Constancy in trusting God will help us and be a beacon to others. Some choose to use double standards. President Spencer W. Kimball called it ‘situational ethics’.  We can choose to act one way at church and quite another way at work. We can be charming and kind with fellow worshippers and spiteful and mean at home.  We may put our best, smiling foot forward when we know we’re being watched, and yet scuffle along with a sour expression when we think no one is paying attention. 

There have been a few times I’ve hoped no one was paying attention, when I wasn’t being consistent in smiley-ness or patience.  Maybe I was feeling bad, and didn’t care at the moment. But I cared when I thought back. You know? People are watching. 

  1. Shine!  

I love the old song “You Can’t Be a Beacon If Your Light Don’t Shine” that I learned years ago. It was written by Marty Cooper back in 1974, and it delighted me!  Here are some of the lyrics:

You can’t be a beacon if your light don’t shine.
You can’t be a beacon if your light don’t shine.
There’s a little light in all of us by God’s design.
But you can’t be a beacon if your light don’t shine!
How can you ask for the truth
When you do not truthful live?
How can you ask forgiveness
When you don’t forgive?
I don’t mean to bring you down or speak to you unkind,
But you can’t be a beacon if your light don’t shine!
 

Not one of us is perfect. There has only been one Perfect One who walked this earth. We await His Second Coming, and try our best to follow Him and His example.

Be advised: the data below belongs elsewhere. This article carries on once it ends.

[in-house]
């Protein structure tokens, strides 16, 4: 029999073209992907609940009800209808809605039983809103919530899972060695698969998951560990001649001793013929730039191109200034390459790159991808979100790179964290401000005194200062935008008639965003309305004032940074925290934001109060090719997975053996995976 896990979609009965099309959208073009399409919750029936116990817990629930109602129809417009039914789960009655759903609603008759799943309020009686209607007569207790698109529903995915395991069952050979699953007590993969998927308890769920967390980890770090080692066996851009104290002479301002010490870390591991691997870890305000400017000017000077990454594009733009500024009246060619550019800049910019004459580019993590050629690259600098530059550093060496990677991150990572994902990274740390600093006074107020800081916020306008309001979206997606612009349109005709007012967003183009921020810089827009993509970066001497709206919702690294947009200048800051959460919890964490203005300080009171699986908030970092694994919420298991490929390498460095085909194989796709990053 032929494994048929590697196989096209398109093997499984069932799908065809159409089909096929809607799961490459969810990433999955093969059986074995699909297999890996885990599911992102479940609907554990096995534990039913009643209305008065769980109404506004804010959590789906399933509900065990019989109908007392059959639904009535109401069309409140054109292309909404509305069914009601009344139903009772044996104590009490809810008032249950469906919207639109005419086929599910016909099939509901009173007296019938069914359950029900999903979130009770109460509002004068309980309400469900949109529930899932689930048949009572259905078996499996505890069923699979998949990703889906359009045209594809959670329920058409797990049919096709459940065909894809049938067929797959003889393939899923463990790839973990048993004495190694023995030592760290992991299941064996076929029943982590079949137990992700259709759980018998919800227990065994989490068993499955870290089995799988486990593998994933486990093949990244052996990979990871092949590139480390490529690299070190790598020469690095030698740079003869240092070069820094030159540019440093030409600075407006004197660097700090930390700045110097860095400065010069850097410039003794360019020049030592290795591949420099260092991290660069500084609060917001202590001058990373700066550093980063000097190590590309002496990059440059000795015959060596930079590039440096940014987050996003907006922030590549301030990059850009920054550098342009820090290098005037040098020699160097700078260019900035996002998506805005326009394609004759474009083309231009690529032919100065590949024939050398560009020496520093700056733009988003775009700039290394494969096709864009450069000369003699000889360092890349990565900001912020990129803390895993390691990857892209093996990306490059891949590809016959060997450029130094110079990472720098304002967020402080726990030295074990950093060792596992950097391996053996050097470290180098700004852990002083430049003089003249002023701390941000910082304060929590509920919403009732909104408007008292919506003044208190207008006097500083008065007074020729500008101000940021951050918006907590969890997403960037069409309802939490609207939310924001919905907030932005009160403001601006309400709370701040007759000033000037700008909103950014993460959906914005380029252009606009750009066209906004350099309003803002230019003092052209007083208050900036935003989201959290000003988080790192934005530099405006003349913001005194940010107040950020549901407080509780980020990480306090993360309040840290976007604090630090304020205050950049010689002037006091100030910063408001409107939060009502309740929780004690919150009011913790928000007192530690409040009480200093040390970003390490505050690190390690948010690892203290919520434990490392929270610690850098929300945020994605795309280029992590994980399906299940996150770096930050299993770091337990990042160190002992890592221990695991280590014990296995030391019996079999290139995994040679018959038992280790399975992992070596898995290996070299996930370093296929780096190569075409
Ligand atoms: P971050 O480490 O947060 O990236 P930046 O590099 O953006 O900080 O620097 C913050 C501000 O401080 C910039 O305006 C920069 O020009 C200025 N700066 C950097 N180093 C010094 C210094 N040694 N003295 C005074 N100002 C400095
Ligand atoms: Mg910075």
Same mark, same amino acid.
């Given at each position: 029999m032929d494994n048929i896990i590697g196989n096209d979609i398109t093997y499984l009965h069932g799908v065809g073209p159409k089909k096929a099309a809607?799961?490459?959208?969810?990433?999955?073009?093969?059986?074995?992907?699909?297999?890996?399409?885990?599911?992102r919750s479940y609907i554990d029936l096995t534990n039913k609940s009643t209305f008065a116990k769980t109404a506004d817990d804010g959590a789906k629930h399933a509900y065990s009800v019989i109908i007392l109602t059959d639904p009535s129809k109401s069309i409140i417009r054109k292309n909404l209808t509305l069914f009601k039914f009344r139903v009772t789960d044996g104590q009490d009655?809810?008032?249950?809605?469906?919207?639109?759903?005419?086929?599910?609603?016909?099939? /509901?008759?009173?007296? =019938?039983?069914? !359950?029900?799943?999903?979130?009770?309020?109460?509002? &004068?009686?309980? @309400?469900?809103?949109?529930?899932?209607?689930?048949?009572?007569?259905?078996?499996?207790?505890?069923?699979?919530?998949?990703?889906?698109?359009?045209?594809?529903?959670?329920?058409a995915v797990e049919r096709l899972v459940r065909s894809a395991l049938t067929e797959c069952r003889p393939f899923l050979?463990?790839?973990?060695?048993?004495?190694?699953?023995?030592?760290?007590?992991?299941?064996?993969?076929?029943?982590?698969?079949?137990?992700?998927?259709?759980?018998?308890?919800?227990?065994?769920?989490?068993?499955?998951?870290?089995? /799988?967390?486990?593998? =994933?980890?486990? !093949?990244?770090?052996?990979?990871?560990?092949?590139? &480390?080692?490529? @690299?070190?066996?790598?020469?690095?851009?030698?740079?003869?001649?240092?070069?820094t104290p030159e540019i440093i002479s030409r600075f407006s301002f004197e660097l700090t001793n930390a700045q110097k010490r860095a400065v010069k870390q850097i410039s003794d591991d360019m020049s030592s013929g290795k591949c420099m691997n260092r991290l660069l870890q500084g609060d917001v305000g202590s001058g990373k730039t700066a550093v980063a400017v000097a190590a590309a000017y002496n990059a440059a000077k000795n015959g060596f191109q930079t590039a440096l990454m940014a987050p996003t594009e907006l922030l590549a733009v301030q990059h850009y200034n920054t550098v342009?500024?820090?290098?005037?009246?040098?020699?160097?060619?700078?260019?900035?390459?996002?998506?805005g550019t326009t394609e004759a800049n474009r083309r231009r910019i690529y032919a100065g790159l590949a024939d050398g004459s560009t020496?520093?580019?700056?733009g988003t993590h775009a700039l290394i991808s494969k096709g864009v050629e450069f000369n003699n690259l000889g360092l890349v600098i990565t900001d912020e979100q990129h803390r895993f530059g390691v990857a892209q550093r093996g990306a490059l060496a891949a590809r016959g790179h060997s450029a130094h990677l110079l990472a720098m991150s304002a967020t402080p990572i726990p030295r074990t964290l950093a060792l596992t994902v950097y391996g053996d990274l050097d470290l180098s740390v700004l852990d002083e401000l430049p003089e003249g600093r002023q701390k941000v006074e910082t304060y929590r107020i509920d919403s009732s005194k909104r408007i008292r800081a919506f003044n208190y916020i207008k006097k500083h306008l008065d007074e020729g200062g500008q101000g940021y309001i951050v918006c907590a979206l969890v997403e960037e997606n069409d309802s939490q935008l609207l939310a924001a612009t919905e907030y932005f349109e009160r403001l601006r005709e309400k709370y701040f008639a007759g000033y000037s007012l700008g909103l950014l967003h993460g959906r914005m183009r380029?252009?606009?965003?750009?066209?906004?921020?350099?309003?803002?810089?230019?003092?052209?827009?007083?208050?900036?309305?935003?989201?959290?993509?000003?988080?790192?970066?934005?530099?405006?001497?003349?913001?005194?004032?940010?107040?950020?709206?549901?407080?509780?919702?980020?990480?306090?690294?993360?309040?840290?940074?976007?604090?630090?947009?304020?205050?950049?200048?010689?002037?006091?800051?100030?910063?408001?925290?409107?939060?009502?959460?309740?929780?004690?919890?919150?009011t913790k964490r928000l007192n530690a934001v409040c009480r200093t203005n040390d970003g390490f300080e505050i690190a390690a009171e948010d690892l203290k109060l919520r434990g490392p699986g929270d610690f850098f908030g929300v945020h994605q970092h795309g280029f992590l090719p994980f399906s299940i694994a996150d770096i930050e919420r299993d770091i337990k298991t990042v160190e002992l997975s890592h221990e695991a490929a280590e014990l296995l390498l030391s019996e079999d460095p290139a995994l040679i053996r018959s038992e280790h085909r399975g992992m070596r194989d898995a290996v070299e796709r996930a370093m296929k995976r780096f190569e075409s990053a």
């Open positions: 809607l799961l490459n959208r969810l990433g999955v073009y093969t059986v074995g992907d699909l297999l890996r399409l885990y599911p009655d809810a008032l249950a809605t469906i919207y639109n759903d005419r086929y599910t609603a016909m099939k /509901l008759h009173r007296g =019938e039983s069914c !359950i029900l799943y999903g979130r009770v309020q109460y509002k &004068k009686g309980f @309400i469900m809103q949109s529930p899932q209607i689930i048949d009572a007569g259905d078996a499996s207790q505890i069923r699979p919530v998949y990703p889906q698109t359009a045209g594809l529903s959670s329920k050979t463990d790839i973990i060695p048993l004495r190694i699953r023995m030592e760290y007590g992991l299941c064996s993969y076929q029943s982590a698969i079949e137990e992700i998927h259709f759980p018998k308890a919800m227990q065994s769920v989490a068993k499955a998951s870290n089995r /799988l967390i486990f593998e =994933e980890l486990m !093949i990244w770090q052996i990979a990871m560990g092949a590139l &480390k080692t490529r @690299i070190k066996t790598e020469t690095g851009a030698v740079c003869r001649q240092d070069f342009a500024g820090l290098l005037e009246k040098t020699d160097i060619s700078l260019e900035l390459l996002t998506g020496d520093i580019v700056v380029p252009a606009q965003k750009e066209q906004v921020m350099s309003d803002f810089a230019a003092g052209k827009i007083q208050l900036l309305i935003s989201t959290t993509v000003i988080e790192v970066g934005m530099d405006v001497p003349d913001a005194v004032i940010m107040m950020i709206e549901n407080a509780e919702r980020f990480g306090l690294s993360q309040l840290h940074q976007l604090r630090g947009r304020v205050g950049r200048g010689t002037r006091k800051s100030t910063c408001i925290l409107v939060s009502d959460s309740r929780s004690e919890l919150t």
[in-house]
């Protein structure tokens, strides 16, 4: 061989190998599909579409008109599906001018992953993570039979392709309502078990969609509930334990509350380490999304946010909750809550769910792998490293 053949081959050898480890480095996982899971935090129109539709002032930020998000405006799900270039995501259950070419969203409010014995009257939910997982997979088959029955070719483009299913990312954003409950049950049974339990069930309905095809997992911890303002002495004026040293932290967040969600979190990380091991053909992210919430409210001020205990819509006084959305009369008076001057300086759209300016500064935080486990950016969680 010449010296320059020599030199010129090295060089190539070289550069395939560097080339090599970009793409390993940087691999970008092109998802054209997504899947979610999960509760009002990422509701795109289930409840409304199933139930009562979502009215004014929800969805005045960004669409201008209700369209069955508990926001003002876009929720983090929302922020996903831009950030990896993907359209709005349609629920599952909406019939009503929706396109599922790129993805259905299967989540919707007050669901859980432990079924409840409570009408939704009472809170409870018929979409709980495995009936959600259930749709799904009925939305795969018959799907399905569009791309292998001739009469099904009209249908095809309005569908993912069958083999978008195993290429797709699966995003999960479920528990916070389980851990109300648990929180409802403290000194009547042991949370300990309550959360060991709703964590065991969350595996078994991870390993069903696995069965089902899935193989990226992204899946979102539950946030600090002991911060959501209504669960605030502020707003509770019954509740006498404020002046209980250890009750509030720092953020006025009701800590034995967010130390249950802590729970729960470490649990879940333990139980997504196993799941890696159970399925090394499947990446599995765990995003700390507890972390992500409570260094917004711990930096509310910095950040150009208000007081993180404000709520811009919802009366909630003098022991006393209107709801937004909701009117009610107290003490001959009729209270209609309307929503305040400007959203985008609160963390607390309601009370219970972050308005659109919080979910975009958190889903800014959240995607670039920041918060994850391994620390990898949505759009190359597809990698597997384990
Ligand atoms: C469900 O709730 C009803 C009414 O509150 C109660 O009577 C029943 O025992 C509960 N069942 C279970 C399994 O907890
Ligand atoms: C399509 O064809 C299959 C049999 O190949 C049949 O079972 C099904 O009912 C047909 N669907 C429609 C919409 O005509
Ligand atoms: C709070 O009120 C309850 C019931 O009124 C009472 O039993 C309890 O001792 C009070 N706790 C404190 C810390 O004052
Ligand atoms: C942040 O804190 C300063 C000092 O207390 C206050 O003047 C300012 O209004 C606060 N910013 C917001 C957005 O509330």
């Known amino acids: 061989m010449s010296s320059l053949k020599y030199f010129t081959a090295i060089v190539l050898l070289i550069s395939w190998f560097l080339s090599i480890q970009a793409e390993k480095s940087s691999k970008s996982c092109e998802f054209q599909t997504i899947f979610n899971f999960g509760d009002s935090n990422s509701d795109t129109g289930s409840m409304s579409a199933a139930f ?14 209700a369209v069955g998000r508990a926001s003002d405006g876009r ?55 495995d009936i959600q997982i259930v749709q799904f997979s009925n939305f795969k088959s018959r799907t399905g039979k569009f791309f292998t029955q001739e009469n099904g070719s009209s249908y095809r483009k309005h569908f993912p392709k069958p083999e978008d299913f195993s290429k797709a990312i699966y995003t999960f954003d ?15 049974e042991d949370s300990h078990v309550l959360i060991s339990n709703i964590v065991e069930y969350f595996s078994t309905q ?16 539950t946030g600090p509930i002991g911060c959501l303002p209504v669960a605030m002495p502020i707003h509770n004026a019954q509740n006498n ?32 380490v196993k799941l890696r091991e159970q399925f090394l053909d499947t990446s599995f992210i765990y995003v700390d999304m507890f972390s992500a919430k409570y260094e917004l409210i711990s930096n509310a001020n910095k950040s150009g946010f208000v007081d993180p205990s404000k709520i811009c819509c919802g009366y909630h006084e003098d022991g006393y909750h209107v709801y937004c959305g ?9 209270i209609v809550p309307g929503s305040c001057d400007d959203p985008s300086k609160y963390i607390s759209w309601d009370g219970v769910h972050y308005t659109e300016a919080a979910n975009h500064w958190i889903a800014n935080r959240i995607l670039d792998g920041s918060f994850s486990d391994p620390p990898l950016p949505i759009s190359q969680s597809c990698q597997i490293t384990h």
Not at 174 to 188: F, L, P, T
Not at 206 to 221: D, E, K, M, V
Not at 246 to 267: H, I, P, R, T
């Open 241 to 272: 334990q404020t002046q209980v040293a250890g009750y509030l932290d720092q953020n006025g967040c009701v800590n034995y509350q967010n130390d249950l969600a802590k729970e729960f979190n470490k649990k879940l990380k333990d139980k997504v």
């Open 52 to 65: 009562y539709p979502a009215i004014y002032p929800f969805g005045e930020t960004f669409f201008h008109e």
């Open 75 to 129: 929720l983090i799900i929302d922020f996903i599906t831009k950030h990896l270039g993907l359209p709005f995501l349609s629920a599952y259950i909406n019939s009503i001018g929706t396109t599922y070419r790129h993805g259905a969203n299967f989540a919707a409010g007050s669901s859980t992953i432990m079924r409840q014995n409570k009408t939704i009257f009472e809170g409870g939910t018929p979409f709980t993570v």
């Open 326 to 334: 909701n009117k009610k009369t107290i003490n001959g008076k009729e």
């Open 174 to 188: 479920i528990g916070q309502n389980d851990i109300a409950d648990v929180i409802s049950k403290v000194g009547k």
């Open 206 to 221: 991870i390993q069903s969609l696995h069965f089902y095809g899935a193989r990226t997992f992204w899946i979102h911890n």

Meanwhile, in our imperfection, we can shine! Like a lighthouse, we can stand still, firmly planted in gospel sod, and shine for others to see! We can do the little things that make a difference to those who are watching and listening and feeling. 

Whether we’re aware or not, our faith is showing!

 

Vickey Pahnke Taylor is a wife, mom, and grandmother who joined the LDS Church as a teenager.  She is a songwriter, author, and public speaker. Her website www.goodnessmatters.com, is an online spot to share goodness, faith, and hope in simple, personal ways. Her undergraduate study was in Musical Theater, and has a Masters degree in communications.

She has taught for the Church’s youth & family programs for more than 30 years, has written books, hundreds of columns, & created hundreds of songs all with the intent of growing goodness and pointing people to Christ.  She also writes for the website www.nauvootimes.com.

Vickey and her husband Dean love their family, going on drives, laughter, growing herbs & veggies, and tootsie rolls. She teaches Gospel Doctrine in her ward. Her husband serves in the bishopric. They are the parents of eight children and have eight grandchildren.